Univision Goes Dark on U-Verse

According to Univision, its networks and stations went dark on AT&T U-Verse as of midnight Eastern time after the two sides failed to reach a carriage agreement.

Univision had warned staffers late last month that there could be a blackout.

“Despite Univision’s tireless efforts to reach an agreement, AT&T is denying its U-verse customers access to our networks and stations, which have the most popular Spanish-language news, sports and entertainment," the company said in a statement early Friday (March 4). Univision said the issue was not getting paid fair value for its channels, on par with English language nets.

"AT&T is redlining our audience by refusing to recognize the value of the Univision networks and the consumers we serve," the company said.

"AT&T's discriminatory behavior is preventing Hispanic America from receiving content and information in language and in culture, which is especially vital during this election year," the company said. "These disputes can be confusing for consumers, but in our case it’s simple: we must receive fair compensation, on par with English language broadcasters."

In addition to Univision stations, the blackout includes Univision, UniMás, Galavisión, and Univision Deportes Network.

AT&T has been migrating U-Verse subs to DirecTV, which already carries Univision.

AT&T responded in a statement: “Univision has blocked our U-verse customers from receiving most of their channels. This is about nothing more than Univision demanding we pay an outrageous price increase.  We are fighting for all of our customers to keep what Univision charges at a reasonable amount. Numerous and diverse programming deals we have signed recently prove this can be accomplished." The company said it hoped Univision could join that group. "We hope to resolve this matter quickly and appreciate our customers’ patience. Spanish-language channels are important to us and our customers. That’s why we carry 78 Spanish-language channels.”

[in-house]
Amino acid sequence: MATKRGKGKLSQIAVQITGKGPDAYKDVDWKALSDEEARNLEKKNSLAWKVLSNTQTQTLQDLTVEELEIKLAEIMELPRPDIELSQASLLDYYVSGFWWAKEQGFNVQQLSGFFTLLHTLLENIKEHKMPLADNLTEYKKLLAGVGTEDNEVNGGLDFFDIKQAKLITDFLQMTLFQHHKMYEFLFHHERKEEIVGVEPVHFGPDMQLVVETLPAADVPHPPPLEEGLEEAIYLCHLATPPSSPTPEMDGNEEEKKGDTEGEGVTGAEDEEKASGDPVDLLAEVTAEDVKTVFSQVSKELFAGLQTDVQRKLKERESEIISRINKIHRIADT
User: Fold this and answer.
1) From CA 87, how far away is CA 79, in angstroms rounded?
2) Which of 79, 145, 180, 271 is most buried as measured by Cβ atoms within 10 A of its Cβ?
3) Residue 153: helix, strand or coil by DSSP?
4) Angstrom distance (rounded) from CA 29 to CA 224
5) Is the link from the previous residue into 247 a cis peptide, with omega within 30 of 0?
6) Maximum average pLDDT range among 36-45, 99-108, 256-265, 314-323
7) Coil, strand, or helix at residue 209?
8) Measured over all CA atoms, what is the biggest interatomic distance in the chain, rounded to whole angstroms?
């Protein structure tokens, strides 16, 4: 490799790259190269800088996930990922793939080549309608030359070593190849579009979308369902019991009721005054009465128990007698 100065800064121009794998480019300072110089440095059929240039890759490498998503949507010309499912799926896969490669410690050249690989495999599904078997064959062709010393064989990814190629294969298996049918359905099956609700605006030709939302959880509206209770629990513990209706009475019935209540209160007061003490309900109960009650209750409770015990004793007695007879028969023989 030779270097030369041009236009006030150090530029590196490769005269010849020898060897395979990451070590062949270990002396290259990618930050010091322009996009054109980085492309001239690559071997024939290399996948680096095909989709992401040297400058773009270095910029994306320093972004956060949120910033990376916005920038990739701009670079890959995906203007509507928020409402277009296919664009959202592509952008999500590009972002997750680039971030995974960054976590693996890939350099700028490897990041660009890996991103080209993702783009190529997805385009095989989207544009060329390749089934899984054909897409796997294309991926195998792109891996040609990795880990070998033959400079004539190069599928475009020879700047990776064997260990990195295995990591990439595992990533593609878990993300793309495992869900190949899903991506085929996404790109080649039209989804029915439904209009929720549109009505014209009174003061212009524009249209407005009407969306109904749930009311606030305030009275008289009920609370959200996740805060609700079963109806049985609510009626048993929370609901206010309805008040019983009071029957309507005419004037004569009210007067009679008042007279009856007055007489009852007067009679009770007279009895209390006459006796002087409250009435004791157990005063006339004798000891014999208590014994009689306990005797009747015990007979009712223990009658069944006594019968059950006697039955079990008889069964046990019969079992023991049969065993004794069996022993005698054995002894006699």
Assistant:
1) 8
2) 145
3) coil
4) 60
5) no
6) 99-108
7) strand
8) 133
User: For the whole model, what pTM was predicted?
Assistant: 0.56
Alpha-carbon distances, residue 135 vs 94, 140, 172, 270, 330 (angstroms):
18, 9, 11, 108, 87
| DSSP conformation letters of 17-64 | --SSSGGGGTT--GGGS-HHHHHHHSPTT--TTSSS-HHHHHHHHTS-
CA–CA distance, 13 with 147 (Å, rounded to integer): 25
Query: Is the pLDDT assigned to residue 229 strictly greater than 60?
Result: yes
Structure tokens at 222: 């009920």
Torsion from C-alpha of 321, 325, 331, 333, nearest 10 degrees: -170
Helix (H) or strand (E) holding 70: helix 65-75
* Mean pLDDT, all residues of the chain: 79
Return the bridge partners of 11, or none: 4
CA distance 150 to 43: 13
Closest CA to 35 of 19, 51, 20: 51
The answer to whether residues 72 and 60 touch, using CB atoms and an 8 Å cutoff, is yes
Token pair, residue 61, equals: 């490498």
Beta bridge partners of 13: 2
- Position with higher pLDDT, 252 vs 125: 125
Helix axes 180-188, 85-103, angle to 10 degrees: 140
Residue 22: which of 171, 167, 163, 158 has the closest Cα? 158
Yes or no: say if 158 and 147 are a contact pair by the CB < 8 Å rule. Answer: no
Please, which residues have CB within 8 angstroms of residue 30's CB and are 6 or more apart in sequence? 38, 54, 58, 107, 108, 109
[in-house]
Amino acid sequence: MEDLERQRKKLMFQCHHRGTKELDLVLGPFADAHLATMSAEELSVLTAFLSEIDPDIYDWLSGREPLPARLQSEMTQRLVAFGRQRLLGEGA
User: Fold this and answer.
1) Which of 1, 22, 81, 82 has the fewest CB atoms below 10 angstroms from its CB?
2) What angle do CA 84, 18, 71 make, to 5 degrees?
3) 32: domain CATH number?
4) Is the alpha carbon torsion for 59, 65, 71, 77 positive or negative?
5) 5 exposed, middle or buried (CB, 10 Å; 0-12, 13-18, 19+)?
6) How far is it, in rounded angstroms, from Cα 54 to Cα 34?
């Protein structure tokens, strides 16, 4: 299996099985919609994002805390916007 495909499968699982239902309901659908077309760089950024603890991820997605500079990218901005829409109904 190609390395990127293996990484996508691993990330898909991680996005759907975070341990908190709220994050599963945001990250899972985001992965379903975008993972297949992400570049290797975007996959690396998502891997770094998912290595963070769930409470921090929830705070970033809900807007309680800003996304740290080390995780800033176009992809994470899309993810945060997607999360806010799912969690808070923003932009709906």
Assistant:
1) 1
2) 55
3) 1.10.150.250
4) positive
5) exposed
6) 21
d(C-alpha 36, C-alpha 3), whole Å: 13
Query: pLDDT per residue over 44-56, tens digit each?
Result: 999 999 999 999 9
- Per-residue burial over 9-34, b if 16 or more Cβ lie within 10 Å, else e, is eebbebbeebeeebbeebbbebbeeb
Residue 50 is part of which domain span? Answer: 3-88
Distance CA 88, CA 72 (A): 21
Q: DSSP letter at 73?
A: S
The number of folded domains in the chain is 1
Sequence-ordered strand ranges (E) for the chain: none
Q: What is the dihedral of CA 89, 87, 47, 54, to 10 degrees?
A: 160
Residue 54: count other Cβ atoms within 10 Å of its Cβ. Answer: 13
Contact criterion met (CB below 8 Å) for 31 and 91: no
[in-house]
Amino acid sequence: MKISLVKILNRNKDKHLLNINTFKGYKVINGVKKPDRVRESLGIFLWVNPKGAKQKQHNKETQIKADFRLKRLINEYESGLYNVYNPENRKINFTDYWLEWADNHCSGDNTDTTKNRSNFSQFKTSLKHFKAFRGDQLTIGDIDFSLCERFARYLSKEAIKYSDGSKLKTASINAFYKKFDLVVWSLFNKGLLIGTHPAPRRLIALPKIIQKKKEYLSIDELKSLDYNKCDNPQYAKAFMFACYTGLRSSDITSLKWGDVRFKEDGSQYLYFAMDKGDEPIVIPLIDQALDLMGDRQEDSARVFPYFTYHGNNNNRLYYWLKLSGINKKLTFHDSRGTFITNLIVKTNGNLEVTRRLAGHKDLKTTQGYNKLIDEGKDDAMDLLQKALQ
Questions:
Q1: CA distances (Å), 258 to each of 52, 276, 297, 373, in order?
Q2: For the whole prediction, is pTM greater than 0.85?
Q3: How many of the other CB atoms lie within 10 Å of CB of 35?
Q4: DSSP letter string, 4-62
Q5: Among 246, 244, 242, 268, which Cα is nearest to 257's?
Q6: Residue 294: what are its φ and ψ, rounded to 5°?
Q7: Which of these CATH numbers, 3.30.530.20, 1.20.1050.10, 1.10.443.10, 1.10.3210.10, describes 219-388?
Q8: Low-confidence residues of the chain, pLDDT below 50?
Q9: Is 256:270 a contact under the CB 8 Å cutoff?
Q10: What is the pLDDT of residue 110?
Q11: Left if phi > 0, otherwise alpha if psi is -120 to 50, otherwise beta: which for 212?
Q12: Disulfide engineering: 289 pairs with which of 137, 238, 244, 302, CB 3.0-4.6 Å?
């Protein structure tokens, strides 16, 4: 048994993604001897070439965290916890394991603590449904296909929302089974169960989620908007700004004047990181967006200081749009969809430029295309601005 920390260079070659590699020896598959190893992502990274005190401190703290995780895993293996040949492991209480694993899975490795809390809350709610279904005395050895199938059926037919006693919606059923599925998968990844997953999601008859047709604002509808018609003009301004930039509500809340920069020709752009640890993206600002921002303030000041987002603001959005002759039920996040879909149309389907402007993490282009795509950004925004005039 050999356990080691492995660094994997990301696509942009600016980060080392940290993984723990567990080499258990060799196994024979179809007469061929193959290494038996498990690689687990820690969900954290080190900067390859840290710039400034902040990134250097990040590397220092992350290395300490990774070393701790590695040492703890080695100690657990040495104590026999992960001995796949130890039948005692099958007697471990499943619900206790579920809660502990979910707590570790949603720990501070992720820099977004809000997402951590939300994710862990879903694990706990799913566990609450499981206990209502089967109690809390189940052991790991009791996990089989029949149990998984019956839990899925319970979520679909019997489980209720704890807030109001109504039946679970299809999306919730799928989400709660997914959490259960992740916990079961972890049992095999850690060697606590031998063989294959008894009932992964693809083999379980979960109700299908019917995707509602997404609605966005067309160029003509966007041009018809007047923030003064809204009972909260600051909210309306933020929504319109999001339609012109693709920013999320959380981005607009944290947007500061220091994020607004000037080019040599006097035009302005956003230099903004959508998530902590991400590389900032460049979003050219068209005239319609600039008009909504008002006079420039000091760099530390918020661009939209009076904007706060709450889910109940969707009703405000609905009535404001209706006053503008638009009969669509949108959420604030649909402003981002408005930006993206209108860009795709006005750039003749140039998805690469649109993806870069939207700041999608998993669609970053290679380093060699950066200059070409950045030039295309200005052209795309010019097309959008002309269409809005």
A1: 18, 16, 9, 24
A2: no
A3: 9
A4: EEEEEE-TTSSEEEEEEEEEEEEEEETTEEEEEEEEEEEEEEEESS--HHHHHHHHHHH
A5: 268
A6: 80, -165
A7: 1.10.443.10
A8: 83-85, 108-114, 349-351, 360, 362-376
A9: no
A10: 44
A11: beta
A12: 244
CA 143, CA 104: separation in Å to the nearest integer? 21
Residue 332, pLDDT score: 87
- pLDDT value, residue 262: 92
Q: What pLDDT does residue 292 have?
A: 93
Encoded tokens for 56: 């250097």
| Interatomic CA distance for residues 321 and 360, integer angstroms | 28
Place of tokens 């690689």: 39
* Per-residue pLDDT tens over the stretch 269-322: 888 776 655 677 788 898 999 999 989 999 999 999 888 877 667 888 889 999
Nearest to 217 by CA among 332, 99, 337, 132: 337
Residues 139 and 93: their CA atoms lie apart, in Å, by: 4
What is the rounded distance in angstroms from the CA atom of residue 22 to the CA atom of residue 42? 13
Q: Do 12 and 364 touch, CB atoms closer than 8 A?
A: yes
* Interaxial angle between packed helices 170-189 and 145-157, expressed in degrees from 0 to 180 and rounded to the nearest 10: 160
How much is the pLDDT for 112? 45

An AT&T spokesperson would not comment on whether negotiations are ongoing or, if not, when they would resume.

Mike Farrell contributed to this report.

John Eggerton

Contributing editor John Eggerton has been an editor and/or writer on media regulation, legislation and policy for over four decades, including covering the FCC, FTC, Congress, the major media trade associations, and the federal courts. In addition to Multichannel News and Broadcasting + Cable, his work has appeared in Radio World, TV Technology, TV Fax, This Week in Consumer Electronics, Variety and the Encyclopedia Britannica.